Following the introduction of The Food Information (Amendment) (England) Regulations 2019 (commonly known as Natasha’s Law), we have compiled this practical guidance for users of the Neighbourly Product Surplus scheme.
What has changed?
From 1 October 2021, the requirements for food labelling change in England, Wales, Scotland and Northern Ireland. The Food Information (Amendment) (England) Regulations 2019 have come into force, amending The Food Information Regulations 2014 in relation to food that is prepacked for direct sale (PPDS).
PPDS has been reclassified and is now subject to the same labelling requirements as already apply to general packaged foods, including the requirement to provide ingredient and allergen information on the packaging itself (or a label attached to it).
You can find out more information about this change, including examples of PPDS and what to do to ensure you are compliant here - FSA: Introduction to allergen labelling changes.
Guidance for packed food products
Packed foods, which now includes general prepacked food found on supermarket shelves and PPDS (e.g. from an in-store deli or bakery), must meet the full requirements set out in Article 9 of Regulation (EU) No 1169/2011. Neighbourly's Terms of Service have been updated to reflect this.
We recommend that donor companies and community recipients check packaged food products prior to distribution, to ensure that all ingredient and allergen information is present and intact. If the packaging or labelling with the relevant information is missing, damaged or incomplete, the product should not be distributed.
Guidance for loose food products
Loose food products (as well as products which are stored loose and only packaged on-site at the consumer’s request) are unaffected by Natasha’s Law and remain subject to the original legal requirement to make allergen information available, either in writing or verbally.
If these products contain any ingredient with a substance or product listed in Annex II of Regulation (EU) No 1169/2011, there is also a requirement to give a clear written indication that details of that substance or product can be obtained from a member of staff.
In order to assist with this, we have asked the relevant partner companies to provide to Neighbourly all relevant allergen information for any loose food products they make available for distribution and Neighbourly will make this available to community recipients (see below). This is intended to supplement any information provided with the products or otherwise communicated directly by the donor companies.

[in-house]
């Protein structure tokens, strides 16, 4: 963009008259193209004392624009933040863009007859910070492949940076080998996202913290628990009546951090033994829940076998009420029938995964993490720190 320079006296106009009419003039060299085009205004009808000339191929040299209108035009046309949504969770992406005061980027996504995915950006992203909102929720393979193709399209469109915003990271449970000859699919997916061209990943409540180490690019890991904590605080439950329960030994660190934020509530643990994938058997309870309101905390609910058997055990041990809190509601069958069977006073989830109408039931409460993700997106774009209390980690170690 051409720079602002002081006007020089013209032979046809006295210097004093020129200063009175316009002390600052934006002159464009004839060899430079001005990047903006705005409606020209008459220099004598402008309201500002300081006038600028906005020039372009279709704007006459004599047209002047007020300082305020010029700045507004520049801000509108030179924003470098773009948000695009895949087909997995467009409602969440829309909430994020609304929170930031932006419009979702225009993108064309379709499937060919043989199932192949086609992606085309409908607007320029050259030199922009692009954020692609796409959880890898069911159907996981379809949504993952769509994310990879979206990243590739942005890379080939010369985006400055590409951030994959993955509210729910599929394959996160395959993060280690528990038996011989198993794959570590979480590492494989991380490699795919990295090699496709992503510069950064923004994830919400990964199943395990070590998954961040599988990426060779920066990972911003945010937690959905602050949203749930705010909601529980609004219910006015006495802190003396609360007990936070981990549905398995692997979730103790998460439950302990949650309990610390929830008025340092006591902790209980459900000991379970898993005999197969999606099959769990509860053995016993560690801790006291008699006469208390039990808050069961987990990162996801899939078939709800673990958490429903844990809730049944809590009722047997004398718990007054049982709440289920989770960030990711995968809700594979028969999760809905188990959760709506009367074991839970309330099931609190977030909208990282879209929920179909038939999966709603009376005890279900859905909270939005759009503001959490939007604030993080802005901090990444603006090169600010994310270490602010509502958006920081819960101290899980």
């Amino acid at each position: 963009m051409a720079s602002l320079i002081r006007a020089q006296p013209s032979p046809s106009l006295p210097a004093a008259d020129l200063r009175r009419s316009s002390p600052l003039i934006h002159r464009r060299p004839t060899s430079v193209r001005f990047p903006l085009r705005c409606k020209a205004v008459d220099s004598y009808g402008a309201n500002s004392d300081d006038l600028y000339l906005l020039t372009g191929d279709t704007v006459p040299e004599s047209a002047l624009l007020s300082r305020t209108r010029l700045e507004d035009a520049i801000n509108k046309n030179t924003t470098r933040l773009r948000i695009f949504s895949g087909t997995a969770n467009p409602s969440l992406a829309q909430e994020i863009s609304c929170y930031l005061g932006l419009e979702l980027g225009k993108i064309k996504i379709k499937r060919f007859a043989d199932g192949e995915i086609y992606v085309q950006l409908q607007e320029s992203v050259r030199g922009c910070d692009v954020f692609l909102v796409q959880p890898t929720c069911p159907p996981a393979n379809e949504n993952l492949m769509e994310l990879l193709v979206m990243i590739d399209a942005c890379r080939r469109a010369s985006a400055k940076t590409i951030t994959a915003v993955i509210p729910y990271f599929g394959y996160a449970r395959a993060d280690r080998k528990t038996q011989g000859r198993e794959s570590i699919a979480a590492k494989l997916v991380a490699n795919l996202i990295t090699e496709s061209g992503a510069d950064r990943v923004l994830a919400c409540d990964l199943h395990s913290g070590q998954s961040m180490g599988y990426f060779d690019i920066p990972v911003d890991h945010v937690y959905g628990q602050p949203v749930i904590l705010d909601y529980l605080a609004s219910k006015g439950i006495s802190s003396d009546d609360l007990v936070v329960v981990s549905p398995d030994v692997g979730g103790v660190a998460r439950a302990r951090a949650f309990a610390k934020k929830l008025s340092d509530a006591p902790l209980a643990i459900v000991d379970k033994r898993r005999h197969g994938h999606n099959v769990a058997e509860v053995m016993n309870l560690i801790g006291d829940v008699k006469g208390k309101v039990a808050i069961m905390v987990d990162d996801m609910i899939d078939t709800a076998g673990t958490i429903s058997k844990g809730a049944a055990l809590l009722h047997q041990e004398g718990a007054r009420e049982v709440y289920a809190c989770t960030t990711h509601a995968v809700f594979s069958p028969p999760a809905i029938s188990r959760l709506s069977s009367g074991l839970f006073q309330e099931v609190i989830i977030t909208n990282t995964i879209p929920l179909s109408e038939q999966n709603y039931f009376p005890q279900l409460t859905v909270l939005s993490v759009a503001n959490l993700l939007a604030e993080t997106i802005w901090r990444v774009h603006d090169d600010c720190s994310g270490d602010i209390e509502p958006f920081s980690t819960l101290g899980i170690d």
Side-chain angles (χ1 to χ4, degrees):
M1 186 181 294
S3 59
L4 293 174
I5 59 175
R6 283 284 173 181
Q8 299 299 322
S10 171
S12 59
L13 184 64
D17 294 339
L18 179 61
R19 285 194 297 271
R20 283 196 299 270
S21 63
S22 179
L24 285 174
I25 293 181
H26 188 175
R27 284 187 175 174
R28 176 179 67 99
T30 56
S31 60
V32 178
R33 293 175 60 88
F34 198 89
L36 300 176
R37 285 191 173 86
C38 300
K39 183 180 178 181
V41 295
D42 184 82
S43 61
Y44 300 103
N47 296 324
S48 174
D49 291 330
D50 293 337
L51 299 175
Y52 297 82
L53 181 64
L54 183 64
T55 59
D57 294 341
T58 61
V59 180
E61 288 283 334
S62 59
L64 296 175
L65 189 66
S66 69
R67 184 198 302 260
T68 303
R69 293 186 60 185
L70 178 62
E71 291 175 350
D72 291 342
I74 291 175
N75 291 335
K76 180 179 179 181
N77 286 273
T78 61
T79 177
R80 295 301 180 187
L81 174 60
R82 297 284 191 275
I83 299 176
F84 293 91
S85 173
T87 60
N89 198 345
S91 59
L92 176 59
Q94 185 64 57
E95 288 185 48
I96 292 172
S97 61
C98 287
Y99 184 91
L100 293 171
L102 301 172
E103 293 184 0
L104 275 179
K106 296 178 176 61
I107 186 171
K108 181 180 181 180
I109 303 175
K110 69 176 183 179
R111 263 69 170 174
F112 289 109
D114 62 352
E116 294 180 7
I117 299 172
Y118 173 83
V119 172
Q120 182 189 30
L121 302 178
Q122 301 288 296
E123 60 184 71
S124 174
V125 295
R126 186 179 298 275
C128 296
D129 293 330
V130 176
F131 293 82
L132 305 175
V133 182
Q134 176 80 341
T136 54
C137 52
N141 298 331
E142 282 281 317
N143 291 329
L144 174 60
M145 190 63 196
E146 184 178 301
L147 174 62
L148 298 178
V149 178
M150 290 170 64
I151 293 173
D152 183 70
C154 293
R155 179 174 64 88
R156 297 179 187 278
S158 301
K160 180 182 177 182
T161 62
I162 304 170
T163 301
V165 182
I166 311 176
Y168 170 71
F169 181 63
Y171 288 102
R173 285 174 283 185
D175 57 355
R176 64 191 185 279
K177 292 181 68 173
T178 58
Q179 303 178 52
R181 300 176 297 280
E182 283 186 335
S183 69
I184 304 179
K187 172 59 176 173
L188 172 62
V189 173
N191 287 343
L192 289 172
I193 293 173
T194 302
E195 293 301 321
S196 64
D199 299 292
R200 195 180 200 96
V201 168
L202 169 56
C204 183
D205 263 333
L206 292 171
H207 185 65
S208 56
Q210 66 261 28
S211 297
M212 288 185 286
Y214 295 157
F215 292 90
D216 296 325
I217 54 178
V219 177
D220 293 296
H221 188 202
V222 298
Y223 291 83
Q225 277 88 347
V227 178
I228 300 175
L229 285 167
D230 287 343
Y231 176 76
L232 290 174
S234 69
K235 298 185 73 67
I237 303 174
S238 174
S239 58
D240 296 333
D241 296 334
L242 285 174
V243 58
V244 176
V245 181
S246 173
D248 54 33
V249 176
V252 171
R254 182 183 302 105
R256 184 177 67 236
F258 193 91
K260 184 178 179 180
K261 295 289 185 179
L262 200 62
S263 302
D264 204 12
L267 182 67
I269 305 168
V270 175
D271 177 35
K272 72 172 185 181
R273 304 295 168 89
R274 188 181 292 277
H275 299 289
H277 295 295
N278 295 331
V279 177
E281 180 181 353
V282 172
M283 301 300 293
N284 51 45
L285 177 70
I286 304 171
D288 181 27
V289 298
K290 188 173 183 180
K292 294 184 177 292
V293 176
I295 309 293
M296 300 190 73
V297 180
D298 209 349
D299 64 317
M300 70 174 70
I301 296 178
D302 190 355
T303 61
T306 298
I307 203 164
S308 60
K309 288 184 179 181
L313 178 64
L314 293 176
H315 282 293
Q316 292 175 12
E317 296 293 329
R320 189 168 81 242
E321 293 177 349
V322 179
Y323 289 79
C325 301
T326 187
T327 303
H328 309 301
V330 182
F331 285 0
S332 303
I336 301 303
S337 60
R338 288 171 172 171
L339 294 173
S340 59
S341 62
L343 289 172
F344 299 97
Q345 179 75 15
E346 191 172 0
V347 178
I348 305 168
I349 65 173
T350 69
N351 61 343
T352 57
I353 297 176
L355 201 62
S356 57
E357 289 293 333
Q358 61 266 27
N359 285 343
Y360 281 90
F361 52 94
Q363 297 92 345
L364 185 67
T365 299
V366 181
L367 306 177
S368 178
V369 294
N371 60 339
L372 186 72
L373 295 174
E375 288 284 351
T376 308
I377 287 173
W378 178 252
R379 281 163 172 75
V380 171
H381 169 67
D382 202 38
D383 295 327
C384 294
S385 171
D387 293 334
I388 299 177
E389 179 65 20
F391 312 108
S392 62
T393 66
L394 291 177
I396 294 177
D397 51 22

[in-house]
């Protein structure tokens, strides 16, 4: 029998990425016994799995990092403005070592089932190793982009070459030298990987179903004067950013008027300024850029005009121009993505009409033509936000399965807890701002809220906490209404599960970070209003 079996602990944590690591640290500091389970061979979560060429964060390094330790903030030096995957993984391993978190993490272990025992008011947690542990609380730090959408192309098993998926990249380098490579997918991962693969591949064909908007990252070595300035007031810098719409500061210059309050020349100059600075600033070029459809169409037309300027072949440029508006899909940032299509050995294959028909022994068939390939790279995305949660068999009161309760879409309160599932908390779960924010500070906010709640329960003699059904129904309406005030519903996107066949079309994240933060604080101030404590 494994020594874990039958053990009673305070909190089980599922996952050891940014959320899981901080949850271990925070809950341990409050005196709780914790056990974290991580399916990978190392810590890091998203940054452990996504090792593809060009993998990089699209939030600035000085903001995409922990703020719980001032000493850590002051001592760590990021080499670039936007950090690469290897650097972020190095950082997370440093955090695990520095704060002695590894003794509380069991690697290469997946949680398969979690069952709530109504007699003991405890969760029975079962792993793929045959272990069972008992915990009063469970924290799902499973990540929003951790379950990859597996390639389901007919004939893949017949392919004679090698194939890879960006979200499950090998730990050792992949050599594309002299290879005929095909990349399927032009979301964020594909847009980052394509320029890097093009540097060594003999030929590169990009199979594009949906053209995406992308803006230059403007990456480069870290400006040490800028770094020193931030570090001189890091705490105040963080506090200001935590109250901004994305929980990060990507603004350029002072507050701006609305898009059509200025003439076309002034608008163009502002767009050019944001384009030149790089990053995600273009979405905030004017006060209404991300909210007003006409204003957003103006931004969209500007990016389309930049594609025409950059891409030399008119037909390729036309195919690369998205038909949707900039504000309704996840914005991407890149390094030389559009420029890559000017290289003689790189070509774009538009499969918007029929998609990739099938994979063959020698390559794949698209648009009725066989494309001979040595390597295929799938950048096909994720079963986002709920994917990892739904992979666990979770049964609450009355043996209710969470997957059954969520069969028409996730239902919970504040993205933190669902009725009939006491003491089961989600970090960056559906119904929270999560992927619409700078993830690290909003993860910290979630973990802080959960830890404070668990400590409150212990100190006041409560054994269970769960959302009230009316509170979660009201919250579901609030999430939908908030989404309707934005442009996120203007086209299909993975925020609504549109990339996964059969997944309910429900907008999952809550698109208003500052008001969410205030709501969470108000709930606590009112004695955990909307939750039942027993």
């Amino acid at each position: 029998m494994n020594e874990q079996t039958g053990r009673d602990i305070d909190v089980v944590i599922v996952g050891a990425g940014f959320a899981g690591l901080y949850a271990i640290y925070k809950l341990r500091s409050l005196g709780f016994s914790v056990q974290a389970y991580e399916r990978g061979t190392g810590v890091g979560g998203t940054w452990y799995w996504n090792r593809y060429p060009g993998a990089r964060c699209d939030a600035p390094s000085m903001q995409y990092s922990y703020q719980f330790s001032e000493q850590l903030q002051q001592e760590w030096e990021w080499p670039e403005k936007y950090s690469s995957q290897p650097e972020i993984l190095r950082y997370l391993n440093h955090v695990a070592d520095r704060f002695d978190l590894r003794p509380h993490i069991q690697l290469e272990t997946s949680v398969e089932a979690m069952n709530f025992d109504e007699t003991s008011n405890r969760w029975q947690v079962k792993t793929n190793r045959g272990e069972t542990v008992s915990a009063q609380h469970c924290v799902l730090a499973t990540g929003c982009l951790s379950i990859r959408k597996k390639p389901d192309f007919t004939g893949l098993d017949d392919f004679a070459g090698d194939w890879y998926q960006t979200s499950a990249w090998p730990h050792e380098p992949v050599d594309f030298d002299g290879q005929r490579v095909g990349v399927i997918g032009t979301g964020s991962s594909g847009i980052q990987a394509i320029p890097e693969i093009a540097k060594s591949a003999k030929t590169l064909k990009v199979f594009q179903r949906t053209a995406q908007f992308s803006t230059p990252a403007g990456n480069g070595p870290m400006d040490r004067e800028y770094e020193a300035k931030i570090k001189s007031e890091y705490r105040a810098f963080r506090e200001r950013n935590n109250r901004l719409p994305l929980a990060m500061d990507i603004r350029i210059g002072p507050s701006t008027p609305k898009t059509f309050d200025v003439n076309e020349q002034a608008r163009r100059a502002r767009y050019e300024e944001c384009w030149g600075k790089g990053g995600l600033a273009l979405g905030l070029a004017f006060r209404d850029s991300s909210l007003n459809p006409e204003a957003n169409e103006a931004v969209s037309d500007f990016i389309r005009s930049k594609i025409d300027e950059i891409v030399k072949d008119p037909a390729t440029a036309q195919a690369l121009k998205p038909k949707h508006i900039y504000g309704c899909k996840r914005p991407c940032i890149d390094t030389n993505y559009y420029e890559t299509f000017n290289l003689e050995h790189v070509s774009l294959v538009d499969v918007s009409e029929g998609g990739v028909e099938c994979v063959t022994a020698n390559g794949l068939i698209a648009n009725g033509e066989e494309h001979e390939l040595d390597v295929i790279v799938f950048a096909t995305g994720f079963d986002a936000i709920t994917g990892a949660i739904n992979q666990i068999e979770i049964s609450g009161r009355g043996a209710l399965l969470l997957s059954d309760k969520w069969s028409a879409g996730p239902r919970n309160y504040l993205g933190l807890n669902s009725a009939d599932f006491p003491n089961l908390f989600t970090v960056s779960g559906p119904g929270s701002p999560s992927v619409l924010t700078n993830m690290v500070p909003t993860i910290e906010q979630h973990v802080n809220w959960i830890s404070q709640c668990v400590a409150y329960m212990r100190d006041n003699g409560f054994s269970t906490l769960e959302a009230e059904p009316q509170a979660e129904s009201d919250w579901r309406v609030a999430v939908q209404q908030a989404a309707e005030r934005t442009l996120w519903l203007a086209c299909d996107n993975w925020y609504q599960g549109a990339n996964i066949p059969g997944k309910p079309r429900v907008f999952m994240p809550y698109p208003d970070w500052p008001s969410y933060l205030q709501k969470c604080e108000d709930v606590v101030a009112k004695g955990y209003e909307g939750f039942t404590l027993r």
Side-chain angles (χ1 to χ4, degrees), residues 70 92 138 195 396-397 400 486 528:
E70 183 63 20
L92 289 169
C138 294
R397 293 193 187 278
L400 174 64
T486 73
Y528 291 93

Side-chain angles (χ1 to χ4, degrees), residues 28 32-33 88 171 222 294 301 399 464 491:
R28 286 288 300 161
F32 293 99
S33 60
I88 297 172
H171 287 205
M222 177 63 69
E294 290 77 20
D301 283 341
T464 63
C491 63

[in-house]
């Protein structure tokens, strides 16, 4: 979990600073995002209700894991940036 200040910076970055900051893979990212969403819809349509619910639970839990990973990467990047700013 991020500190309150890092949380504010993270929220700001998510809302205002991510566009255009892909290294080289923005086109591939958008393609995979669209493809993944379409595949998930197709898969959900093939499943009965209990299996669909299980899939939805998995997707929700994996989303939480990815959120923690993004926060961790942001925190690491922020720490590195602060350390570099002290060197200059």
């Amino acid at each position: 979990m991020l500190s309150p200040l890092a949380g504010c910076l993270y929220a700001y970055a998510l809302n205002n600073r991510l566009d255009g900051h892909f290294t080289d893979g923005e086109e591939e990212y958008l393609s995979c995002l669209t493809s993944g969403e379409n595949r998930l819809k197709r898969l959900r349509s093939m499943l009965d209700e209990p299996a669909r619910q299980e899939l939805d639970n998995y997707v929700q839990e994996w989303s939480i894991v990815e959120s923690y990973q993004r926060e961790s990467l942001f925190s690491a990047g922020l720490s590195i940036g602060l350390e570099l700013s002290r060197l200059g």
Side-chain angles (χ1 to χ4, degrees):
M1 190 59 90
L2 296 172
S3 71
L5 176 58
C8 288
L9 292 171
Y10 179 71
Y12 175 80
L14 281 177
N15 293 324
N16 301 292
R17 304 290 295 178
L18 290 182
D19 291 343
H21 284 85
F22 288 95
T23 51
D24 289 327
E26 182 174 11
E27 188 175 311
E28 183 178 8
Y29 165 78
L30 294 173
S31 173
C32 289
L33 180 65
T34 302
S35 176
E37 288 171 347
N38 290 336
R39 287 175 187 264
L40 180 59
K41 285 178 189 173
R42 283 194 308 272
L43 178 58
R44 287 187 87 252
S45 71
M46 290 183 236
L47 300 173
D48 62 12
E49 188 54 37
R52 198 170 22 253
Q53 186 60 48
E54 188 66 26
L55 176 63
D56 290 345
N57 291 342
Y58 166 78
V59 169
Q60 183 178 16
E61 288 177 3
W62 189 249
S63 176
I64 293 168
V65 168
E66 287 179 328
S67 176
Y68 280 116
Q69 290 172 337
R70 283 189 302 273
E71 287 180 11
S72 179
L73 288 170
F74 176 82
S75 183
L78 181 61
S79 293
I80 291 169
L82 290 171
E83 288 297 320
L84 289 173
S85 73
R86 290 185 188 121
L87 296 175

Nevertheless, we recommend caution in distributing loose products because - in addition to any allergens within the products - there is no guarantee that loose products haven’t come into contact with other products with allergens.
FSA guidance is that, if cross-contamination cannot be avoided, consumers should be informed that you cannot provide an allergen-free option. Our view is that charities and community causes should follow this guidance in relation to loose food products and avoid giving such products to any consumer with a known or potential allergy.
Lidl In-Store Bakery - Allergy Advice
Please use the following information sheet to provide information to customers/clients about Lidl products:
Please note: due to the way Lidl handle and prepare bakery, all products may contain traces of all 14 EU allergens, excluding fish and crustaceans.
For info, Lidl bakery products have the below:
Contains: cereals containing gluten, eggs, lupin, milk, nuts, sesame, soya, sulphites
May contains: Mustard, celery, sulphites, peanuts
Packing loose products
It is for each donor company to determine whether to pre-pack otherwise loose products prior to distribution. However, if it does so, the packaging must meet the informational requirements referred to above. Loose products may be covered for transport but should not be packed unless they are labelled in accordance with those requirements.
As stated above, community recipients should ensure any packed food products include the required information, either on the packaging or labelled to it.
Our view is that community recipients should continue to treat loose products as they have done prior to 1 October, subject to the considerations around allergen information and cross-contamination referred to above.
This guidance is provided for general information only and does not constitute binding advice or a professional opinion. Donor companies and community recipients are primarily responsible for complying with all applicable laws and regulations as distributors of the food products. You should seek professional advice where necessary.
If you have any questions for Neighbourly, please do not hesitate to contact us on email@example.com.